A huge mistake when picking a name

Recently I got a mass email from Moody asking for help in naming a new campus program. They have this cool new idea they’re implementing, they just needed help picking a name.

Now, I don’t mean to throw Moody under the bus with this post, but they just provided me with an excellent case study I couldn’t pass up. Here’s a principle for leaders of anything:

You never ask a large group of people for help in branding a cool idea. Never.

This is especially pertinent for church leaders. Our thinking typically goes like this: “Well, this ministry isn’t even for me! They’re the ones who are gonna have to live with the name… not me. So we might as well let them decide what it’s called.”

That is precisely why you can’t let them be the ones who name it.

Here’s why:

  1. When given a voice, people become attached to their idea. Consequently, when their idea is not picked, they no longer buy-in with the same commitment they would have if they had never been given a voice.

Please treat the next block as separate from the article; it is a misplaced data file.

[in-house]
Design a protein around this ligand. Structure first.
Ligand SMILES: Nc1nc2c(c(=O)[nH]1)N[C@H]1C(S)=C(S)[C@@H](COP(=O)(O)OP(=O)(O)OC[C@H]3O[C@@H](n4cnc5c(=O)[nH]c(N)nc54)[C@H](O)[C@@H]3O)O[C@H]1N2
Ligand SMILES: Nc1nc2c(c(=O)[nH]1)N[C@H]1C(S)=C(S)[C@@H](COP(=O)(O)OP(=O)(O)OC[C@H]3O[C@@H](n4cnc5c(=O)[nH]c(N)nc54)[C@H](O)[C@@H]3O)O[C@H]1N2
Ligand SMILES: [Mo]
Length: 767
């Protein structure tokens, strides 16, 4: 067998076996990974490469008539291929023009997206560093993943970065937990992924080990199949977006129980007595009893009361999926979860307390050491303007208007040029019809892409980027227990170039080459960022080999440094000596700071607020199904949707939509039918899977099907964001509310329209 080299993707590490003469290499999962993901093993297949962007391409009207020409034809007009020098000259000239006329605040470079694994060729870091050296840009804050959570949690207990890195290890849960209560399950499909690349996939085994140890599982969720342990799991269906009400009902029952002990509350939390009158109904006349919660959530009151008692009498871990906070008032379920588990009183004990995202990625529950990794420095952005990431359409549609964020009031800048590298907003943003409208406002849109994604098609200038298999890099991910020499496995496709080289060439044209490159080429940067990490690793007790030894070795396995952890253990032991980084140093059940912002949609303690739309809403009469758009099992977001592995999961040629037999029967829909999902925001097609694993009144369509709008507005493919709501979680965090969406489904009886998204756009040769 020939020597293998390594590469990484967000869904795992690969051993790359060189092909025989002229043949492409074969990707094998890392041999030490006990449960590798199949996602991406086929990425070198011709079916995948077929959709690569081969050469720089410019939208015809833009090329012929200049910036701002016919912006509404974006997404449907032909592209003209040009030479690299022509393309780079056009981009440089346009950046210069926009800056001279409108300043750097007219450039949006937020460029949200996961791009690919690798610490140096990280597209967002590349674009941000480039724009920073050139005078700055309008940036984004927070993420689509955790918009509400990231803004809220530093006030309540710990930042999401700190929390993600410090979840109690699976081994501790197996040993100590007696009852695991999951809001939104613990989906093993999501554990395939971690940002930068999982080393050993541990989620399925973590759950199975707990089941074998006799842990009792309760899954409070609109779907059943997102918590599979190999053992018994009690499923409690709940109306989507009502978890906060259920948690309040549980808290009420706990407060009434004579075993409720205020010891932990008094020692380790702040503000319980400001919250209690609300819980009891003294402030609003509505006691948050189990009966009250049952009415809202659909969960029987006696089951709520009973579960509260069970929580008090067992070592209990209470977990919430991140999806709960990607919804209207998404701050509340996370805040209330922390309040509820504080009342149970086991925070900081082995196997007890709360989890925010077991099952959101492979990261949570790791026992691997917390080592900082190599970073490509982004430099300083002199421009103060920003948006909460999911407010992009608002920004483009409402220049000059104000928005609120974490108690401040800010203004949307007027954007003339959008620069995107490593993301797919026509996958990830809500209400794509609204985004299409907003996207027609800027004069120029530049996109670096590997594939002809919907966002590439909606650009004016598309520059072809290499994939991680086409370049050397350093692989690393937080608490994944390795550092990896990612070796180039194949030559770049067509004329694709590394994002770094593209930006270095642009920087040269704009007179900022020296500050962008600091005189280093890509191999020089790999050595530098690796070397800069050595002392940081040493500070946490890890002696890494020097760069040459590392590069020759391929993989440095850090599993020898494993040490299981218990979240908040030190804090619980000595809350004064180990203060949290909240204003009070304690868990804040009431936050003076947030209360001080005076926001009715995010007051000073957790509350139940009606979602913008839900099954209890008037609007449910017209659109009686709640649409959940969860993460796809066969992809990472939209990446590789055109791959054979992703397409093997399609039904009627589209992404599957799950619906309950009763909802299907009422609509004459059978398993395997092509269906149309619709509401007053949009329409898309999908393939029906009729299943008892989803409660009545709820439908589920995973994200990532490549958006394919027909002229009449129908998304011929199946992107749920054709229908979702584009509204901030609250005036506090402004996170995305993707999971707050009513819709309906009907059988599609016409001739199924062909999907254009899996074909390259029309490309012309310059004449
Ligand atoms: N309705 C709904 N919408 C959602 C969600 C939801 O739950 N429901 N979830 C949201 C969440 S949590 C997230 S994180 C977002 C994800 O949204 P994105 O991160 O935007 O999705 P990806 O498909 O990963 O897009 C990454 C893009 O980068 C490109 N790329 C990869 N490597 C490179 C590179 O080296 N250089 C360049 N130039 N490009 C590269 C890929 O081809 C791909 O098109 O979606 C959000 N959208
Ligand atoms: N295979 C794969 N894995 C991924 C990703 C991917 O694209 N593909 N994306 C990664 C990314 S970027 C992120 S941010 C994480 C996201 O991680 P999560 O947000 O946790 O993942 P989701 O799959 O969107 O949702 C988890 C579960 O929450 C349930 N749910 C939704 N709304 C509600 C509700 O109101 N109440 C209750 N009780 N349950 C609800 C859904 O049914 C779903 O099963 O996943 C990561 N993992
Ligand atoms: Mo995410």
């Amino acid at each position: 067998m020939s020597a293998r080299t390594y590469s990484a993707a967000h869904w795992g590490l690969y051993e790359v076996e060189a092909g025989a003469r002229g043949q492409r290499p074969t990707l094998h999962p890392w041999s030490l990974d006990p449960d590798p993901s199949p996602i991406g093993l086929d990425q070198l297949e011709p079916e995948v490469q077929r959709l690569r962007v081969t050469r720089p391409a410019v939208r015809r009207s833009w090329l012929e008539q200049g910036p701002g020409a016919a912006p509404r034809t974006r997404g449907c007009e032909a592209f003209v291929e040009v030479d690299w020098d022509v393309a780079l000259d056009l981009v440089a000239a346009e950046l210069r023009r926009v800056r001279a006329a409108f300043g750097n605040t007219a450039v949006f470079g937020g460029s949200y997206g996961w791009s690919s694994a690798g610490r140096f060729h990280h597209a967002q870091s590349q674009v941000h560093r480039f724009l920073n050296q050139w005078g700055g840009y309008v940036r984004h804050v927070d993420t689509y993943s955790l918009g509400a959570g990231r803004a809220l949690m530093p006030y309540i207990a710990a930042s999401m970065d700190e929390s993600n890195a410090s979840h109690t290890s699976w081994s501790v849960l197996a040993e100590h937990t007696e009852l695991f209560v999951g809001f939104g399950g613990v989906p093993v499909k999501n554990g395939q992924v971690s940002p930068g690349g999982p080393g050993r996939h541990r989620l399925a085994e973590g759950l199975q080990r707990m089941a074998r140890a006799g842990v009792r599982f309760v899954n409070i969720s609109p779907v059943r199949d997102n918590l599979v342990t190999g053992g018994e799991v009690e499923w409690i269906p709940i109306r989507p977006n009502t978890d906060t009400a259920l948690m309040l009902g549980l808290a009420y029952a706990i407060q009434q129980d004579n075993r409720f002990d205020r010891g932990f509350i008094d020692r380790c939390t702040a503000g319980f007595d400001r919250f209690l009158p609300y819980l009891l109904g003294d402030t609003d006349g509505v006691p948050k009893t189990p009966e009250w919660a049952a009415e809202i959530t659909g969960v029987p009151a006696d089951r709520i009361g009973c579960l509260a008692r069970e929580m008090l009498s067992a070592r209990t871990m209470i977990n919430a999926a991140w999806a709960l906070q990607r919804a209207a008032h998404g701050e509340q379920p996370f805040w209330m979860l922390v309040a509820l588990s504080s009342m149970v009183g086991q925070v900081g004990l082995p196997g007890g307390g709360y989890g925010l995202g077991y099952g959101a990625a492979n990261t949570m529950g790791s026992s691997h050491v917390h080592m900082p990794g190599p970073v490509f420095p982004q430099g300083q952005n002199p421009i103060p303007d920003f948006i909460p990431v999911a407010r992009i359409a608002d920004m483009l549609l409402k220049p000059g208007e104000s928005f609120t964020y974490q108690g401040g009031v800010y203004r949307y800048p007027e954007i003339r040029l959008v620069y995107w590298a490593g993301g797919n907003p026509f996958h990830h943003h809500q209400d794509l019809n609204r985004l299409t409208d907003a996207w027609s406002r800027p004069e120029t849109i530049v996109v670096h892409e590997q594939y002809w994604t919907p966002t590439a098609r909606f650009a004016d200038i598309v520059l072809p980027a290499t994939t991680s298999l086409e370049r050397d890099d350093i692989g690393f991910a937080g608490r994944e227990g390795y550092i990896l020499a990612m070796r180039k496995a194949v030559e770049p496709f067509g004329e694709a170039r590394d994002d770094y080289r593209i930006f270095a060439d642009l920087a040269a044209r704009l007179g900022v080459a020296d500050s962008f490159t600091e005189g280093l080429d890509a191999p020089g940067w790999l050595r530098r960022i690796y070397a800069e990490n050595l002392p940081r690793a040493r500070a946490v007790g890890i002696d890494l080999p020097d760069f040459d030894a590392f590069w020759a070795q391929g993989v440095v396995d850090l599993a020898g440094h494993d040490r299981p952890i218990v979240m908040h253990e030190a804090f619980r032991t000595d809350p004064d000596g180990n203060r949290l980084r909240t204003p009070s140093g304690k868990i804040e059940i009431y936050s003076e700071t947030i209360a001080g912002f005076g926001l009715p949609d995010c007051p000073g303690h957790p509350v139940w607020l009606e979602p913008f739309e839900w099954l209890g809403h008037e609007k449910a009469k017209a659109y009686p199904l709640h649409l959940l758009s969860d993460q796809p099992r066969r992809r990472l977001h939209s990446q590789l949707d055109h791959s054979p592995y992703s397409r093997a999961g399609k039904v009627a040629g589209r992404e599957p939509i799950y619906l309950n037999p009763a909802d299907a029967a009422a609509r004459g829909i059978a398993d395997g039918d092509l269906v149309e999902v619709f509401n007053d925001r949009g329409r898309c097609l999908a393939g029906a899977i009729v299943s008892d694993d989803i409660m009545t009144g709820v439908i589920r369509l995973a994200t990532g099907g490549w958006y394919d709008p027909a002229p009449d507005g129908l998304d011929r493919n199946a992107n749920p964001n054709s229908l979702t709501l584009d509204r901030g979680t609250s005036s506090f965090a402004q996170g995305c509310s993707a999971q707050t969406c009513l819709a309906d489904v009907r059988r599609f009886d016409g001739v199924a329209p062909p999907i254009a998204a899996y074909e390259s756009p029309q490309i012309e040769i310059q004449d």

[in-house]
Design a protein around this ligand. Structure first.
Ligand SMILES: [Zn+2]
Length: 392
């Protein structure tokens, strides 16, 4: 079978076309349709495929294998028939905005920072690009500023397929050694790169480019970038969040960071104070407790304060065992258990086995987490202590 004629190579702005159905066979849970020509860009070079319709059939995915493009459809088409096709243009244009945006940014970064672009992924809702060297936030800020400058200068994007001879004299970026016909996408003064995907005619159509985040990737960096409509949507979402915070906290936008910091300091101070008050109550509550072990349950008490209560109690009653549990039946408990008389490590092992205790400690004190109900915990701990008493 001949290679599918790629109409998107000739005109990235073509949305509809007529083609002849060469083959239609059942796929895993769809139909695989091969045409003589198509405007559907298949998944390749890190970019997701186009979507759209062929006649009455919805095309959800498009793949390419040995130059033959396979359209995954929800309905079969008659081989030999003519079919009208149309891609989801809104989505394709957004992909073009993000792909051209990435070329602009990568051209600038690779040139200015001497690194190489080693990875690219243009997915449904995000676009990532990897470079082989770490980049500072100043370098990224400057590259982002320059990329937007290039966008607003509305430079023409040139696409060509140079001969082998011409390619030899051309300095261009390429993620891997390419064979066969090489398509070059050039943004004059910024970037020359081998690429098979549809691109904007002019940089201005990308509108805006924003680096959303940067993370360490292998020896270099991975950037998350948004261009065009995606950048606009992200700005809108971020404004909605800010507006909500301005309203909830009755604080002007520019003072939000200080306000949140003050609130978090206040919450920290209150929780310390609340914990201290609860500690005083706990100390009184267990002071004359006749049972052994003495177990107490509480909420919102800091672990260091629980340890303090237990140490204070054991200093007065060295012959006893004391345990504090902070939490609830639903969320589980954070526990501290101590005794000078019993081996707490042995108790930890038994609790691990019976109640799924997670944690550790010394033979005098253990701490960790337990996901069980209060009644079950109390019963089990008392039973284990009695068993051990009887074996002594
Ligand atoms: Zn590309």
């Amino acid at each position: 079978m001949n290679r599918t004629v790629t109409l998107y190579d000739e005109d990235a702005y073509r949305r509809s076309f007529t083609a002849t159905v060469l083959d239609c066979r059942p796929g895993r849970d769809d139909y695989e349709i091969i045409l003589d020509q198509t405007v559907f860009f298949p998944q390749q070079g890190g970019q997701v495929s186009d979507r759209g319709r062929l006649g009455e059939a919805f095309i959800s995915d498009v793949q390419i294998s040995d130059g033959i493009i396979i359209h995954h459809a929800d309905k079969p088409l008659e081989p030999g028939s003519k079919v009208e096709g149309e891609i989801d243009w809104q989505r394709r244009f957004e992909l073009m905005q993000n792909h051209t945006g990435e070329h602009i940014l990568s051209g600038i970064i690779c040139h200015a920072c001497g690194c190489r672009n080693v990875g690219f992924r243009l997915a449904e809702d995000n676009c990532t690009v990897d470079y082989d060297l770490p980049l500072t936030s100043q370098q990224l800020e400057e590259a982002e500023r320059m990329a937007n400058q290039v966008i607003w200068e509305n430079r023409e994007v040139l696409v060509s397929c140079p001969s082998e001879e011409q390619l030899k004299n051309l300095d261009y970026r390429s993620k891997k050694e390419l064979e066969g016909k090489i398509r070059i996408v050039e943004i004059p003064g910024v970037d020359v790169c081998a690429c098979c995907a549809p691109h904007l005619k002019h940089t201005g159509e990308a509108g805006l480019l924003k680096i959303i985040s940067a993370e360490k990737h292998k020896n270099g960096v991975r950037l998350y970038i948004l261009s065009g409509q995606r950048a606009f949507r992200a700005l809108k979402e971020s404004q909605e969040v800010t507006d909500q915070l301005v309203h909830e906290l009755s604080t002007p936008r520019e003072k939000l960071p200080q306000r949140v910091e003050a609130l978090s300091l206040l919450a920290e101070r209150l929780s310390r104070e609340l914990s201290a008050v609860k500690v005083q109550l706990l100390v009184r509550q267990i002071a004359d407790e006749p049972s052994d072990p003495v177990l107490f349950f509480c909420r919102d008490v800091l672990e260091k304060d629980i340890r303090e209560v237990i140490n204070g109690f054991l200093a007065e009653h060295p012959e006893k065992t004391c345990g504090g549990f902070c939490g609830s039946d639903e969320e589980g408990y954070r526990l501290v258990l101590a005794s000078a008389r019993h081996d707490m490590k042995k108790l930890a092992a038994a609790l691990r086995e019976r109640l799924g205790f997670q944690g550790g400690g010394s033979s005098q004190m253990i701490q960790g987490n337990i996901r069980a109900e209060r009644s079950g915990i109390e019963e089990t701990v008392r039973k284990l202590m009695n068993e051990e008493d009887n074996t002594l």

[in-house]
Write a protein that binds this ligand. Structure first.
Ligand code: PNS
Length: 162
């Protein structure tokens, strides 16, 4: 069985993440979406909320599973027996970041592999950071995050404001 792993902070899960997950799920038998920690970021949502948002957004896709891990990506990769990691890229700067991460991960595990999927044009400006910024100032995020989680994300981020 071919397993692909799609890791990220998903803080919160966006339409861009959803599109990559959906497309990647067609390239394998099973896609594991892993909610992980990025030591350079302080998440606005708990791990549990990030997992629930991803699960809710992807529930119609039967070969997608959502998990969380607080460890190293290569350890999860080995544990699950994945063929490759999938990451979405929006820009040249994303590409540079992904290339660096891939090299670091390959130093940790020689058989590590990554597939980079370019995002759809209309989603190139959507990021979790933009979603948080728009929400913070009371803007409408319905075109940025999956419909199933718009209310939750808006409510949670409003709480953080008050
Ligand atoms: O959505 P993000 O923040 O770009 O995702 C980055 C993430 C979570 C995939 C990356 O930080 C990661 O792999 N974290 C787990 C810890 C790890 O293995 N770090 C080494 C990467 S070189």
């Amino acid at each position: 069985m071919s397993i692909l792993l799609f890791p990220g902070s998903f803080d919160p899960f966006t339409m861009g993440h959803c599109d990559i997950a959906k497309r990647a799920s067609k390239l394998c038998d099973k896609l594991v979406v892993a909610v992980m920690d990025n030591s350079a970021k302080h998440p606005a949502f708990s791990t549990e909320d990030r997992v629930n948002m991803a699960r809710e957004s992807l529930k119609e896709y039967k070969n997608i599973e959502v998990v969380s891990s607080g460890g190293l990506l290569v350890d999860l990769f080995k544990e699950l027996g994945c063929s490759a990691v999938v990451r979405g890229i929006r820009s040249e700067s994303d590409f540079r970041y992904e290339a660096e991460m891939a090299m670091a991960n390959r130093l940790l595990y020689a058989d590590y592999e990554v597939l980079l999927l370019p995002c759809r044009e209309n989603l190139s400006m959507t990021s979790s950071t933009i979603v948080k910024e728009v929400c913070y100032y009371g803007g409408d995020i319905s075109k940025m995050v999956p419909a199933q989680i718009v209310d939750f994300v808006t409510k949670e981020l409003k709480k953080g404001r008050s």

2. You lose your edge of confidence. The goal of branding is to sell. In order to sell something, people must think you’re confident about what you’re selling. When you ask a large group what to brand something, you automatically lose the ability to stand up with your idea as if you are absolutely confident it’s the right idea. That won’t sell.
  3. You forfeit the opportunity to ride the wave of momentum. When you hand the branding over to the market, you miss a chance to stand up with the new and final idea and get people excited about how great it is. Why? Because they’ve already heard about it before it had a name! Now you’ve defeated the purpose of naming it well in the first place!

When I was in high school some friends and I were starting a band. Whenever you start a band, you have to come up with a name for the band. I made the mistake of asking a big group of people on a road trip for their opinions. To this day, people tell me we should have named the band something else.

If you ask a large group to name something, the first thing they’ll think about when they hear its name won’t be the cool idea the name represents, but will be the other names left on the table.

Don’t make that mistake.

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